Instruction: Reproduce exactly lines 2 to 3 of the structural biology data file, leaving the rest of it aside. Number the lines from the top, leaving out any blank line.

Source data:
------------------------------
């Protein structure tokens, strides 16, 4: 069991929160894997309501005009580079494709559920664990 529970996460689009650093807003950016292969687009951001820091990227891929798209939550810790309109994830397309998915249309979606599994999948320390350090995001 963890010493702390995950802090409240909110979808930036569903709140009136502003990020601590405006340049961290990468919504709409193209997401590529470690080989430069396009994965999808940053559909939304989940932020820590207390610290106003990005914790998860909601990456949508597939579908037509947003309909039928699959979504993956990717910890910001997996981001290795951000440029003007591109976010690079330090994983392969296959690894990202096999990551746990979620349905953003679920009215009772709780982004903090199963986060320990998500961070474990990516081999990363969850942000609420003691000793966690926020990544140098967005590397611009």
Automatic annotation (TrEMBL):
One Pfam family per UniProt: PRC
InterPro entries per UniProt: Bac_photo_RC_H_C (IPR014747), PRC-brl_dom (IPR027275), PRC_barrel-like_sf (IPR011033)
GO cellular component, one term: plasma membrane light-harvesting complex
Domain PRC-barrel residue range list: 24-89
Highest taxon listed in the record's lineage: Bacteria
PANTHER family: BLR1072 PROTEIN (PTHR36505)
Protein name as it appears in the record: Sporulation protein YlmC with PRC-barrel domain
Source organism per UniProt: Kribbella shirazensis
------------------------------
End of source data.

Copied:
Automatic annotation (TrEMBL):
One Pfam family per UniProt: PRC